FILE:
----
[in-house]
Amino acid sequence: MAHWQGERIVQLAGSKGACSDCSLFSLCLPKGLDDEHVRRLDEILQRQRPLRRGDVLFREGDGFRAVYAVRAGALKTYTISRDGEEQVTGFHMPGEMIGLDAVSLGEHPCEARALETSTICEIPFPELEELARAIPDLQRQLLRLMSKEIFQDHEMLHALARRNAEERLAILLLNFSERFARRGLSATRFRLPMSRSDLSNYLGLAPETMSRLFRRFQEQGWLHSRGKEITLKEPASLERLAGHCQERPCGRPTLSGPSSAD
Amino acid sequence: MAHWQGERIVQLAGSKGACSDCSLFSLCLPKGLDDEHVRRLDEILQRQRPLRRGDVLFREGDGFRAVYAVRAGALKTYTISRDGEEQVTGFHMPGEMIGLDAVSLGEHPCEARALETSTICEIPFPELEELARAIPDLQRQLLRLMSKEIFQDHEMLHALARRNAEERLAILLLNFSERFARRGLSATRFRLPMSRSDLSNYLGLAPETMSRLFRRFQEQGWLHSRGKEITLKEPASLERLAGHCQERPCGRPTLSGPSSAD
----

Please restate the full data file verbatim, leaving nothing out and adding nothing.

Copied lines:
[in-house]
Amino acid sequence: MAHWQGERIVQLAGSKGACSDCSLFSLCLPKGLDDEHVRRLDEILQRQRPLRRGDVLFREGDGFRAVYAVRAGALKTYTISRDGEEQVTGFHMPGEMIGLDAVSLGEHPCEARALETSTICEIPFPELEELARAIPDLQRQLLRLMSKEIFQDHEMLHALARRNAEERLAILLLNFSERFARRGLSATRFRLPMSRSDLSNYLGLAPETMSRLFRRFQEQGWLHSRGKEITLKEPASLERLAGHCQERPCGRPTLSGPSSAD
Amino acid sequence: MAHWQGERIVQLAGSKGACSDCSLFSLCLPKGLDDEHVRRLDEILQRQRPLRRGDVLFREGDGFRAVYAVRAGALKTYTISRDGEEQVTGFHMPGEMIGLDAVSLGEHPCEARALETSTICEIPFPELEELARAIPDLQRQLLRLMSKEIFQDHEMLHALARRNAEERLAILLLNFSERFARRGLSATRFRLPMSRSDLSNYLGLAPETMSRLFRRFQEQGWLHSRGKEITLKEPASLERLAGHCQERPCGRPTLSGPSSAD